Glaucoma is a condition characterized by a build-up of fluid in the eye. That extra fluid increases the pressure in the eye which in turn damages the optic nerve and leads to a slow, progressive loss of vision. When glaucoma develops, you usually don't have any early symptoms. In this way, glaucoma can steal your sight very gradually.
There are generally four types of glaucoma.
The most common form of glaucoma is called primary open-angle glaucoma. It occurs when the trabecular meshwork of the eye gradually becomes less efficient at draining fluid that circulates in the front part of the eye. Normally this fluid, called aqueous humor, maintains a healthy pressure in the eye. Much like a sink, in the normal eye, the faucet is always on and the drain is always open. In open angle glaucoma, the drain gets clogged and fluid builds up.
As this happens, your eye pressure, called intraocular pressure (IOP), rises. Raised eye pressure may lead to damage of the optic nerve. Damage to the optic nerve can occur at different eye pressures in different patients. There is not one 'right' eye pressure that is the same for everyone. Your OCB eye doctor establishes a target eye pressure for you that he or she predicts will protect your optic nerve from further damage.
Typically, open-angle glaucoma has no symptoms in its early stages and your vision remains normal. As the optic nerve becomes more damaged, blank spots begin to appear in your field of vision. You usually won't notice these blank spots in your day-to-day activities until the optic nerve is significantly damaged and these spots become large.
Low-tension or Normal-tension glaucoma
With this condition, the optic nerve shows signs of damage that are consistent with glaucoma but intraocular pressure is normal or on the low side. The diagnosis is often made after there has been some vision damage. People with low to normal-tension glaucoma are usually treated in the same way as people who have open-angle glaucoma.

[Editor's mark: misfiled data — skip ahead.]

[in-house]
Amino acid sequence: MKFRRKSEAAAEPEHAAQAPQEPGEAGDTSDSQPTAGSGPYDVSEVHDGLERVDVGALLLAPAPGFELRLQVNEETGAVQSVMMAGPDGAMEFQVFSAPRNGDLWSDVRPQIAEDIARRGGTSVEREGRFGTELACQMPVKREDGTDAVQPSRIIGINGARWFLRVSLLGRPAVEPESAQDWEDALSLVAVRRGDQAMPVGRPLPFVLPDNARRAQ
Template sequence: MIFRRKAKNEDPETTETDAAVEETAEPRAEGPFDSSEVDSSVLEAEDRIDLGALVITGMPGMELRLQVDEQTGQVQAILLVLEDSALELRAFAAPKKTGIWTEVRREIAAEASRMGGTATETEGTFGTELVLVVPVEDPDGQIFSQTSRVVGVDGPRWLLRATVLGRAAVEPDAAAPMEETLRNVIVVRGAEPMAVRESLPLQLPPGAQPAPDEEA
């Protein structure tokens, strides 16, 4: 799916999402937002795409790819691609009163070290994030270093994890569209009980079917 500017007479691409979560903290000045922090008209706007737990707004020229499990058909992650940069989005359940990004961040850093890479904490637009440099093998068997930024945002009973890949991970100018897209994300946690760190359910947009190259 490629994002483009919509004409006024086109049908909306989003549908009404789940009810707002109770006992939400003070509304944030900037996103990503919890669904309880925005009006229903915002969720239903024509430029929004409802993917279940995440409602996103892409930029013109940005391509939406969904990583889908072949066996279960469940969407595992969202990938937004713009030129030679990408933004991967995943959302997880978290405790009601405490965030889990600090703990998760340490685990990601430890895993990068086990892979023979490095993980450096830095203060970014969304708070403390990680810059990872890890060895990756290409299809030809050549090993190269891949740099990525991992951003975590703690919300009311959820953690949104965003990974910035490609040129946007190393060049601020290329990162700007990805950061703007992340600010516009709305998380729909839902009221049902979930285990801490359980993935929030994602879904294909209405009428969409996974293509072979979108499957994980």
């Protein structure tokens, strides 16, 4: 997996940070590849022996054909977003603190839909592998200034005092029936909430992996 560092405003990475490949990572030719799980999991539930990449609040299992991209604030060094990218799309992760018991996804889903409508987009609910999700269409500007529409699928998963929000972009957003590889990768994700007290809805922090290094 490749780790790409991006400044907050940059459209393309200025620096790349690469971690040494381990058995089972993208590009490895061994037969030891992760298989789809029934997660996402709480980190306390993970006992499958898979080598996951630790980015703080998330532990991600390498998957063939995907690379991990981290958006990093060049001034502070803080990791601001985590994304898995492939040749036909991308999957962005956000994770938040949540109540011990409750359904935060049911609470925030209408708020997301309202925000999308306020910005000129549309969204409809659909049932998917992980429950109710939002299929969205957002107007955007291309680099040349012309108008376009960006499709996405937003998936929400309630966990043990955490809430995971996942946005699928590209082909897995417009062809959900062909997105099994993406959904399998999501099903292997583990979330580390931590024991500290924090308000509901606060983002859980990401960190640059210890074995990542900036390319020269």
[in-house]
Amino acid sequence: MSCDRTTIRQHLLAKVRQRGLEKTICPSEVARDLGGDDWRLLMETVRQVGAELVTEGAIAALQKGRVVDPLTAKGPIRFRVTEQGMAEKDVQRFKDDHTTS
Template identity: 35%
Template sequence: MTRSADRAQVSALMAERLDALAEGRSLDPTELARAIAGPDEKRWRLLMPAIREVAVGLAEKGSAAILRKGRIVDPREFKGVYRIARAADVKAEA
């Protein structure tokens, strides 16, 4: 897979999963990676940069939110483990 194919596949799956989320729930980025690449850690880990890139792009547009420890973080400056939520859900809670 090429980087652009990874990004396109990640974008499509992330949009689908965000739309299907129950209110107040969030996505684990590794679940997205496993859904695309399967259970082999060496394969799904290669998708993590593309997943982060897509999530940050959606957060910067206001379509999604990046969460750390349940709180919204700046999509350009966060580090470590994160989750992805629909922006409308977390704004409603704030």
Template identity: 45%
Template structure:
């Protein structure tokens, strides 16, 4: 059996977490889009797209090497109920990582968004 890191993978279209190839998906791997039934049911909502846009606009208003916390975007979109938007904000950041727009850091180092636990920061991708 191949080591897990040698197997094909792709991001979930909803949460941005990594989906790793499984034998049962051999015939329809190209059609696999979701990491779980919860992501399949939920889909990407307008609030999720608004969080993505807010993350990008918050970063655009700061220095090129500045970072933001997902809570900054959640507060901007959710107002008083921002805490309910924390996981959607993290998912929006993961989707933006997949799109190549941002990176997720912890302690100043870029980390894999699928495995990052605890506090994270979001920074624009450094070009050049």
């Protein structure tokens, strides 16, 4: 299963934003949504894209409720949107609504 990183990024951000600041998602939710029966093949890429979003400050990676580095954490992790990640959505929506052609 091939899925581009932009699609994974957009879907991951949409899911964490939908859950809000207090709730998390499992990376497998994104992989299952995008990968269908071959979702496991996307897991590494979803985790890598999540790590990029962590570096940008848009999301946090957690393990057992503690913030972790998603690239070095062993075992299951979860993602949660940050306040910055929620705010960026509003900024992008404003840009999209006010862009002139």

This form of glaucoma is a medical emergency and unlike open-angle glaucoma, you are likely to experience symptoms (described below.) Closed angle glaucoma happens when your iris is very close to the eye's drainage angle. In this case, the iris may block the drainage angle. You can think of it like a piece of paper sliding over a sink drain. When the drainage angle gets completely blocked, eye pressure rises very quickly. People of Asian descent and those with hyperopia (farsightedness) tend to be more at risk for developing this form of glaucoma.
Call your OCB eye doctor right away should you experience the following symptoms of an acute attack:
- Your vision is suddenly blurry
- You have severe eye pain
- You have a headache
- You feel sick to your stomach (nausea)
- You throw up
Congenital glaucoma is a rare type of glaucoma that develops in infants and young children that is inherited. While far less common than the other types of glaucoma, this condition can result in blindness if not diagnosed and treated early.
Secondary glaucoma is glaucoma that results from another eye condition or disease. For example, someone who has had an eye injury, someone who is on long-term steroid therapy or someone who has a tumor may develop secondary glaucoma.
Who is at risk?